The Iranian government’s investigations into allegations of torture, rape and unlawful killings in the country “seemed to have been more concerned with covering up abuses than getting at the truth,” Amnesty International said Thursday, the Times of London reported.

Amnesty said that the Islamic Republic’s human rights record since the country’s disputed elections in June had proven to be as bad as at any time over the past two decades.

Citing a “climate of impunity” in which Iran’s hardline Basij militia and the Revolutionary Guards suppressed anti-government demonstrations, Amnesty said that the government had “resorted to exceptionally high levels of violence and arbitrary measures to stifle protest and dissent."

“Members of militias and officials who have committed violations must also be promptly held to account and on no account should anyone be executed,” said Hadj Sahraoui, the deputy director of Amnesty’s Middle East and North Africa Program.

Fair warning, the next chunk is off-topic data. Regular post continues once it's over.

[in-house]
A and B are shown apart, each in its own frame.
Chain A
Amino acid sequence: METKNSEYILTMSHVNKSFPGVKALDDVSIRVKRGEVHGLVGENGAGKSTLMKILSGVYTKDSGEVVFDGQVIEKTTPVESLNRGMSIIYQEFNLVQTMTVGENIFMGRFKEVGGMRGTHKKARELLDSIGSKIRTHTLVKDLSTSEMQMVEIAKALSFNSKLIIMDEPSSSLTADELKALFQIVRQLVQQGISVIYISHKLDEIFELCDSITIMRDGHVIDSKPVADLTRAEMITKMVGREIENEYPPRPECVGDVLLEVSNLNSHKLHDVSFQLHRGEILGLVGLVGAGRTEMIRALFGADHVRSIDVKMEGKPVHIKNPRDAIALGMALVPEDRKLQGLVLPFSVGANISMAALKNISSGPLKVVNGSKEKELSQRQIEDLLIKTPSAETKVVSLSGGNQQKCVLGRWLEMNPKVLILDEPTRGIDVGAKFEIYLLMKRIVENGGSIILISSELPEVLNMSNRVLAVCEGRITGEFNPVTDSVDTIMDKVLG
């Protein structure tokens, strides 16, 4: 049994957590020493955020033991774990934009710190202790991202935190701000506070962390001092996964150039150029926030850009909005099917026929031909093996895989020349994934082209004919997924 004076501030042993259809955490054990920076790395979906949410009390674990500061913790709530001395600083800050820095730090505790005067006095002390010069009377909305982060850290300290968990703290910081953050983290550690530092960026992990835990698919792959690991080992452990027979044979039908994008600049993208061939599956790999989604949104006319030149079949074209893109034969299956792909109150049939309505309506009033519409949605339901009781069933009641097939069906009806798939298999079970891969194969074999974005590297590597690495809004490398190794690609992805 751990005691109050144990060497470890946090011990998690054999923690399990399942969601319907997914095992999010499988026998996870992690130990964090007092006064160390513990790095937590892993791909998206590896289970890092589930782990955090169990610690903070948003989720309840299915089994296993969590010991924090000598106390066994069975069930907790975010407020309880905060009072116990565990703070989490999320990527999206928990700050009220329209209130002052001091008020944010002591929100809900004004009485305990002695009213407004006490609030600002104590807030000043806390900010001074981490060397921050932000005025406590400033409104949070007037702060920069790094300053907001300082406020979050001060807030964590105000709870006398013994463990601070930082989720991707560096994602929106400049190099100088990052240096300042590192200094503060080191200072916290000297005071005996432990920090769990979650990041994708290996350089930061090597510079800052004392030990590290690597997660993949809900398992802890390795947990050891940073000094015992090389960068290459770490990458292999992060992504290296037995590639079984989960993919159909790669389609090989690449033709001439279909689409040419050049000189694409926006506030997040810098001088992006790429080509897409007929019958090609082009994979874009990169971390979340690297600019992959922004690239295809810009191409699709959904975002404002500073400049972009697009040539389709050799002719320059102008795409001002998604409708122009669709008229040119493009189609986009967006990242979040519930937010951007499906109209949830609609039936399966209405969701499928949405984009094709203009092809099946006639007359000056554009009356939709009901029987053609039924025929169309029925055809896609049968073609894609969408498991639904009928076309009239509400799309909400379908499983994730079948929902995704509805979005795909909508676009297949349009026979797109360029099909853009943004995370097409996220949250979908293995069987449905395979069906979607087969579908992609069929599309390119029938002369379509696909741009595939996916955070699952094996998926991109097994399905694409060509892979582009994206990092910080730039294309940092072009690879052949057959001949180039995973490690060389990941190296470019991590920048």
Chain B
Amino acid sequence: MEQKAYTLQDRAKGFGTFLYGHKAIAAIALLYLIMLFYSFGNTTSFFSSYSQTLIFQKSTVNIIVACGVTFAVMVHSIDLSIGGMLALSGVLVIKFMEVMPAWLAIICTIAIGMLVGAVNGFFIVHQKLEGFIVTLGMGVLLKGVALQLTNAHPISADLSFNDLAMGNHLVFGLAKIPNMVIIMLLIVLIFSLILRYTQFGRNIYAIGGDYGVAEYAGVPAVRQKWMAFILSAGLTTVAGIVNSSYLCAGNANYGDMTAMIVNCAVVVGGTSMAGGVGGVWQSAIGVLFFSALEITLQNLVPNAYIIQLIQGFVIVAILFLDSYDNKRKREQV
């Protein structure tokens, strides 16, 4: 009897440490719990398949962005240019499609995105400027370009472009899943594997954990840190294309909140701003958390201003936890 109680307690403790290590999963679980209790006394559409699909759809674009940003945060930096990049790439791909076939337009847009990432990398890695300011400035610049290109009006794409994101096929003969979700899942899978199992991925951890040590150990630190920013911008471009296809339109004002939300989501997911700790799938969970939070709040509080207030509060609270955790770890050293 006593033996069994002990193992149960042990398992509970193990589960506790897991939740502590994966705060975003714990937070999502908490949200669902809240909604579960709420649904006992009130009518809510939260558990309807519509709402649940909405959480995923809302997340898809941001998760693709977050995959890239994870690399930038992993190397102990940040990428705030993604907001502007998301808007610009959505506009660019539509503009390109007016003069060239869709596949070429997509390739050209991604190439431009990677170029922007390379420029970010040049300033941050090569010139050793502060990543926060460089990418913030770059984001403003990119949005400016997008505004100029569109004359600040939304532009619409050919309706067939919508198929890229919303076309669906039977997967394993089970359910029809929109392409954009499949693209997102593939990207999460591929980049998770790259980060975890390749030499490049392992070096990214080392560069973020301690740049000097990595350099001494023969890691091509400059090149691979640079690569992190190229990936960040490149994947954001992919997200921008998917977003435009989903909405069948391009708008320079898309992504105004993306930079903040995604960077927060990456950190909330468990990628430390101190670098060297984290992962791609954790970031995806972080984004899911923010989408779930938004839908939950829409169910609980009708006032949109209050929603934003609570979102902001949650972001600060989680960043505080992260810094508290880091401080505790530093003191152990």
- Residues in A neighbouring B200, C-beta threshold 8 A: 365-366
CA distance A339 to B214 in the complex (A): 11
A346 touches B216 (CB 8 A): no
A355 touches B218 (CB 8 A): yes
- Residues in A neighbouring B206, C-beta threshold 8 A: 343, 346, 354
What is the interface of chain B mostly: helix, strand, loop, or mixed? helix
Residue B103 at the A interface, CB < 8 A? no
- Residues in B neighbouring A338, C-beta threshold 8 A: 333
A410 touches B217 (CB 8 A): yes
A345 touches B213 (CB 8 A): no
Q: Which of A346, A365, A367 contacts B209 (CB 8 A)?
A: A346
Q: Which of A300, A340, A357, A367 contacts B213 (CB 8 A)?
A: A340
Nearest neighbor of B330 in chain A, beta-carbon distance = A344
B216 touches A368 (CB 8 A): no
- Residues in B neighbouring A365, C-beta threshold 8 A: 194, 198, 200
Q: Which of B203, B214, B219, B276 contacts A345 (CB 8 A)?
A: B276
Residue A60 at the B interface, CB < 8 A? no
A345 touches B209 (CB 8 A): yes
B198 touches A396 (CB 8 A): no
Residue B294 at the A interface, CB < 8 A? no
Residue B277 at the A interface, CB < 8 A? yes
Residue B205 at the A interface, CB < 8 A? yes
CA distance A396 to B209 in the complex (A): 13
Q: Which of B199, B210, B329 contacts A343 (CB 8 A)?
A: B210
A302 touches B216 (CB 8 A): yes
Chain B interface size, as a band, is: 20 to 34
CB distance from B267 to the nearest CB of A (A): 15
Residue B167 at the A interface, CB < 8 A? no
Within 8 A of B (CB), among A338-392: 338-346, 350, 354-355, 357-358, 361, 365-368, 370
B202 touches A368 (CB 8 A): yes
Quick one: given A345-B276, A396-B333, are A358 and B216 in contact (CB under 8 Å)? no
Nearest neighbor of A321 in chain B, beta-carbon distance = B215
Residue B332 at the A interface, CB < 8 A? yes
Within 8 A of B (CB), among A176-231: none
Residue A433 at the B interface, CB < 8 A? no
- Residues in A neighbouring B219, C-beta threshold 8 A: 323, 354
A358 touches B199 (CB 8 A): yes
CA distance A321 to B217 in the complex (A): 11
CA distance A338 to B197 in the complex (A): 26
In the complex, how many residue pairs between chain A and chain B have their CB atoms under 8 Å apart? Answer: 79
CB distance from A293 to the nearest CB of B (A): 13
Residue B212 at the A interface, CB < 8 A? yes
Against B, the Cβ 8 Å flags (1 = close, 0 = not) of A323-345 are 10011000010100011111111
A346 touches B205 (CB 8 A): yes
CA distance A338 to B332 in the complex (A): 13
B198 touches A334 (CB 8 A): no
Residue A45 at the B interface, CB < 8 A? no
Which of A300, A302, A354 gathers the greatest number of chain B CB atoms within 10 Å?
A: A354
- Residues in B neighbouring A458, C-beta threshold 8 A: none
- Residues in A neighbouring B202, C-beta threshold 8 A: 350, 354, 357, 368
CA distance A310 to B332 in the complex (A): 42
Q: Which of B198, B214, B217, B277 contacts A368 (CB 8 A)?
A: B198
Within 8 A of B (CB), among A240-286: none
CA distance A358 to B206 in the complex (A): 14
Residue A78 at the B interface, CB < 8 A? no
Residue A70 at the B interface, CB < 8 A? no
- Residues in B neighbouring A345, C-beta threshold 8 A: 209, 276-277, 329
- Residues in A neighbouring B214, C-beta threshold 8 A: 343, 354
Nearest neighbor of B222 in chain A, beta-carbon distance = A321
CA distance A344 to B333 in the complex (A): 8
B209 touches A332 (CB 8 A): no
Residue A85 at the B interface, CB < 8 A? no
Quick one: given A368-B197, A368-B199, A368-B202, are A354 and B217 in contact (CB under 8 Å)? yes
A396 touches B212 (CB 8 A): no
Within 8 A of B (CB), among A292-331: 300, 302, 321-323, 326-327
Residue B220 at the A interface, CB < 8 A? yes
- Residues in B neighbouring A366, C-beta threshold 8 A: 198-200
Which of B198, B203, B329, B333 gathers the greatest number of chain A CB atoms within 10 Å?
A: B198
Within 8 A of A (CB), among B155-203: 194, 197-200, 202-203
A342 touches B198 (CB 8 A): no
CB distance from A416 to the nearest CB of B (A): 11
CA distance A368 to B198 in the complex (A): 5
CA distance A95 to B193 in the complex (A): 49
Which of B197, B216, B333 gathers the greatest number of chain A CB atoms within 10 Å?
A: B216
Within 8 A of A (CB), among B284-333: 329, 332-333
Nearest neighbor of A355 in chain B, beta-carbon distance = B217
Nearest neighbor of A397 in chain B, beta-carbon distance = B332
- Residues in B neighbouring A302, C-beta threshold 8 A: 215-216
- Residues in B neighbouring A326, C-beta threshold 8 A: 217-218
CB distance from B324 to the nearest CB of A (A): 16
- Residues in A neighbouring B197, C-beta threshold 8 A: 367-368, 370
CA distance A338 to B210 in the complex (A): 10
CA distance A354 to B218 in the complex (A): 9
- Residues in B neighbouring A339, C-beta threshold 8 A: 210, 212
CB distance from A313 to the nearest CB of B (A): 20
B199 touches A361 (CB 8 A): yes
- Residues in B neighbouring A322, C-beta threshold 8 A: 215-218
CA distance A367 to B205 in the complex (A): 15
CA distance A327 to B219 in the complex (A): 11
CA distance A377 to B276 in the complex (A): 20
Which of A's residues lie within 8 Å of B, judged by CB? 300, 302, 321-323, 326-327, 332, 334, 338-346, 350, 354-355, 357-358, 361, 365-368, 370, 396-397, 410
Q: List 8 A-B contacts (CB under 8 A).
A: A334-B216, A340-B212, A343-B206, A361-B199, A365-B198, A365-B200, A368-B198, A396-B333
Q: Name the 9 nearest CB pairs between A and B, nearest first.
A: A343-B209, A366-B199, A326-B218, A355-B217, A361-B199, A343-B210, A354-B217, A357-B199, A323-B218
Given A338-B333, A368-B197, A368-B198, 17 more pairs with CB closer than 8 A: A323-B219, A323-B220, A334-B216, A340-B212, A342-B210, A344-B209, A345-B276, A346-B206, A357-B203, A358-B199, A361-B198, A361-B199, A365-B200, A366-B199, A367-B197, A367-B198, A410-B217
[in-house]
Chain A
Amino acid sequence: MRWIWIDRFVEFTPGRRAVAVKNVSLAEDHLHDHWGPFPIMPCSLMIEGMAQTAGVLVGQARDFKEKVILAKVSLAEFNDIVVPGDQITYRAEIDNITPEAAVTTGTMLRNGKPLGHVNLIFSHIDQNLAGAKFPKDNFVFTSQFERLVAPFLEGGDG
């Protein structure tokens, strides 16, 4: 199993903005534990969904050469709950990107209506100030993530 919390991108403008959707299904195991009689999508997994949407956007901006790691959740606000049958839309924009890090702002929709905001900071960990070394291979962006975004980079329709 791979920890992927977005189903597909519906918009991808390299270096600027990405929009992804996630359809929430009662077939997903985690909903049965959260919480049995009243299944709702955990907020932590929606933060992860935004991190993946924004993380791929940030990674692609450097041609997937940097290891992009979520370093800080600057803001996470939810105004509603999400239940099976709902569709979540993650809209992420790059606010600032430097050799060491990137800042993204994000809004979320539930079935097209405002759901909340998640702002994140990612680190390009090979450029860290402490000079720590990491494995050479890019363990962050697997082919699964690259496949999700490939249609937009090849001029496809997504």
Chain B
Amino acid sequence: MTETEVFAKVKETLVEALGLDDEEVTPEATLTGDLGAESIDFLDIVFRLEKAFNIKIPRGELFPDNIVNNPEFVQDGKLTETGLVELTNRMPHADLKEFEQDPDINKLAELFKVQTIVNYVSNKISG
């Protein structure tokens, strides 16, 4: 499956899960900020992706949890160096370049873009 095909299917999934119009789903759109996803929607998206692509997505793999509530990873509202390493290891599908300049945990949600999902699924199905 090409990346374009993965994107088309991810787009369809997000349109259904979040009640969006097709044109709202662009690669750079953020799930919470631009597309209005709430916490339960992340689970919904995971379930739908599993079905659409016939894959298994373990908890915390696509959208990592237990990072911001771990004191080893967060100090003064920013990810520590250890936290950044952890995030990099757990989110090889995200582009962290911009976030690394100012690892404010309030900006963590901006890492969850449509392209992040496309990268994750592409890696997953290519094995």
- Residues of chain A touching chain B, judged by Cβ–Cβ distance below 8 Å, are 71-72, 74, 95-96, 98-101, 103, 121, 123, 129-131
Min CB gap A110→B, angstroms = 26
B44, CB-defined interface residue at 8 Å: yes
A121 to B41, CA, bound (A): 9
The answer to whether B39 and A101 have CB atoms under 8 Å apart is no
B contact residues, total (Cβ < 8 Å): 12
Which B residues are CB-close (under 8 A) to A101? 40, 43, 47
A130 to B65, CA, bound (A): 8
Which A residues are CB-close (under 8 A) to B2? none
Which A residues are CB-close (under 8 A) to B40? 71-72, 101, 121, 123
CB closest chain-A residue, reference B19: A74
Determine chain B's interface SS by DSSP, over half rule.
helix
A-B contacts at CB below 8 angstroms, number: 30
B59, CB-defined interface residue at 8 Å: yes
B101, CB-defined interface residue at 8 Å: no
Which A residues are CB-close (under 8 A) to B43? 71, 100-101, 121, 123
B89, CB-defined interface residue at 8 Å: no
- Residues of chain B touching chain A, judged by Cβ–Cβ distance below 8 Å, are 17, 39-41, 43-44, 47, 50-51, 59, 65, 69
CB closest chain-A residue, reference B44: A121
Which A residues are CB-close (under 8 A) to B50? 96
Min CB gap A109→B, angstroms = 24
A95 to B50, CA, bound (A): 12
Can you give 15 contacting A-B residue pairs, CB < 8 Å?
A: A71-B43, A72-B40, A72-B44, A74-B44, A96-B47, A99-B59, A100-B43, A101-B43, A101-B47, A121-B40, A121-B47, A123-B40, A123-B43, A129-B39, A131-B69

One anti-government protester described being locked in a shipping container with 70 other people for 58 days, and told during interrogation that if he did not confess his son would be arrested and raped. He was then beaten until he lost consciousness.

Another former prisoner said that he saw a student, Ali Kheradnejad, “with his clothes ripped and his forehead bloody and later learned that he had died in detention, apparently as a result of torture or other ill-treatment."

Despite the damning testimony, Iran has not only denied the widespread abuse but threatened to crack down even harder on protesters if the mass demonstrations continued.

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